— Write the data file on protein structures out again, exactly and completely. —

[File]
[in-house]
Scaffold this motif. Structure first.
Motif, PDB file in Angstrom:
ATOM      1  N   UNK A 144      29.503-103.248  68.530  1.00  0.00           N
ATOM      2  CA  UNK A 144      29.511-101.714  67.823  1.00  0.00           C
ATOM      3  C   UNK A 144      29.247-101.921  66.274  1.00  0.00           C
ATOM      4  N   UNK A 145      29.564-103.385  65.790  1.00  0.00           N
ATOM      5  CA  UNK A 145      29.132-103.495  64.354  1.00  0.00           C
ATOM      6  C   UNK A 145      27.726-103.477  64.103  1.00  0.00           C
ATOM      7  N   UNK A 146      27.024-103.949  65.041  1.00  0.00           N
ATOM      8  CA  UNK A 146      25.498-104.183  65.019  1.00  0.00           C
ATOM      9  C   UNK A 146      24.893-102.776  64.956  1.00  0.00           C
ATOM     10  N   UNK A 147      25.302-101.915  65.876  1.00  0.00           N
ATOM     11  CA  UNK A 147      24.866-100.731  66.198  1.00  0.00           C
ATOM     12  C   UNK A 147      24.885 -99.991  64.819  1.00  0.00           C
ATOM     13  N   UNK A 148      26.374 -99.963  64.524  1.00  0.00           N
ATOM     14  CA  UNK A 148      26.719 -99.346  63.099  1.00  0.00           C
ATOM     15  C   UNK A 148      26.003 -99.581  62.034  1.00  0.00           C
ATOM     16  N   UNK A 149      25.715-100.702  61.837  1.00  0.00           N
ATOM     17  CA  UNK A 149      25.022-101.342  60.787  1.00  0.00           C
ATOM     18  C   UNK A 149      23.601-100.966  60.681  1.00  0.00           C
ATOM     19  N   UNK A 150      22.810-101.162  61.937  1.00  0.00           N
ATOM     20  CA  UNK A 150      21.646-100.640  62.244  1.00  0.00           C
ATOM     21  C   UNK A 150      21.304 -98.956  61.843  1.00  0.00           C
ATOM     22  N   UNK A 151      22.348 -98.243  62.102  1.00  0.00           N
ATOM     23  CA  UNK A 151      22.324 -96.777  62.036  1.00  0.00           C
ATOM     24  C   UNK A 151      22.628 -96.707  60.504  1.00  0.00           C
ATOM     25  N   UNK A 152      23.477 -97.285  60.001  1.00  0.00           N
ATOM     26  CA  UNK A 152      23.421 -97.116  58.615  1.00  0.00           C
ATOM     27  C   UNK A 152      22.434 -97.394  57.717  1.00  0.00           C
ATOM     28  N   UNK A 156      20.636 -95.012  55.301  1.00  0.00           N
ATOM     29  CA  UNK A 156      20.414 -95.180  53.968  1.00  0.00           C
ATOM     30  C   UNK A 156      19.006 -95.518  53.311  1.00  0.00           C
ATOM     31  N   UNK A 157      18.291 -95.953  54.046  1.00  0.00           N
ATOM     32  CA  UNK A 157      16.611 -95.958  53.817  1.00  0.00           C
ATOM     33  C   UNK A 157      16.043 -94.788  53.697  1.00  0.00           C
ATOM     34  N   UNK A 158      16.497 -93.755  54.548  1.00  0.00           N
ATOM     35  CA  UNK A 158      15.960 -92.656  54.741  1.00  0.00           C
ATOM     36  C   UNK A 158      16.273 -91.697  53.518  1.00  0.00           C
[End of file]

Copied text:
[in-house]
Scaffold this motif. Structure first.
Motif, PDB file in Angstrom:
ATOM      1  N   UNK A 144      29.503-103.248  68.530  1.00  0.00           N
ATOM      2  CA  UNK A 144      29.511-101.714  67.823  1.00  0.00           C
ATOM      3  C   UNK A 144      29.247-101.921  66.274  1.00  0.00           C
ATOM      4  N   UNK A 145      29.564-103.385  65.790  1.00  0.00           N
ATOM      5  CA  UNK A 145      29.132-103.495  64.354  1.00  0.00           C
ATOM      6  C   UNK A 145      27.726-103.477  64.103  1.00  0.00           C
ATOM      7  N   UNK A 146      27.024-103.949  65.041  1.00  0.00           N
ATOM      8  CA  UNK A 146      25.498-104.183  65.019  1.00  0.00           C
ATOM      9  C   UNK A 146      24.893-102.776  64.956  1.00  0.00           C
ATOM     10  N   UNK A 147      25.302-101.915  65.876  1.00  0.00           N
ATOM     11  CA  UNK A 147      24.866-100.731  66.198  1.00  0.00           C
ATOM     12  C   UNK A 147      24.885 -99.991  64.819  1.00  0.00           C
ATOM     13  N   UNK A 148      26.374 -99.963  64.524  1.00  0.00           N
ATOM     14  CA  UNK A 148      26.719 -99.346  63.099  1.00  0.00           C
ATOM     15  C   UNK A 148      26.003 -99.581  62.034  1.00  0.00           C
ATOM     16  N   UNK A 149      25.715-100.702  61.837  1.00  0.00           N
ATOM     17  CA  UNK A 149      25.022-101.342  60.787  1.00  0.00           C
ATOM     18  C   UNK A 149      23.601-100.966  60.681  1.00  0.00           C
ATOM     19  N   UNK A 150      22.810-101.162  61.937  1.00  0.00           N
ATOM     20  CA  UNK A 150      21.646-100.640  62.244  1.00  0.00           C
ATOM     21  C   UNK A 150      21.304 -98.956  61.843  1.00  0.00           C
ATOM     22  N   UNK A 151      22.348 -98.243  62.102  1.00  0.00           N
ATOM     23  CA  UNK A 151      22.324 -96.777  62.036  1.00  0.00           C
ATOM     24  C   UNK A 151      22.628 -96.707  60.504  1.00  0.00           C
ATOM     25  N   UNK A 152      23.477 -97.285  60.001  1.00  0.00           N
ATOM     26  CA  UNK A 152      23.421 -97.116  58.615  1.00  0.00           C
ATOM     27  C   UNK A 152      22.434 -97.394  57.717  1.00  0.00           C
ATOM     28  N   UNK A 156      20.636 -95.012  55.301  1.00  0.00           N
ATOM     29  CA  UNK A 156      20.414 -95.180  53.968  1.00  0.00           C
ATOM     30  C   UNK A 156      19.006 -95.518  53.311  1.00  0.00           C
ATOM     31  N   UNK A 157      18.291 -95.953  54.046  1.00  0.00           N
ATOM     32  CA  UNK A 157      16.611 -95.958  53.817  1.00  0.00           C
ATOM     33  C   UNK A 157      16.043 -94.788  53.697  1.00  0.00           C
ATOM     34  N   UNK A 158      16.497 -93.755  54.548  1.00  0.00           N
ATOM     35  CA  UNK A 158      15.960 -92.656  54.741  1.00  0.00           C
ATOM     36  C   UNK A 158      16.273 -91.697  53.518  1.00  0.00           C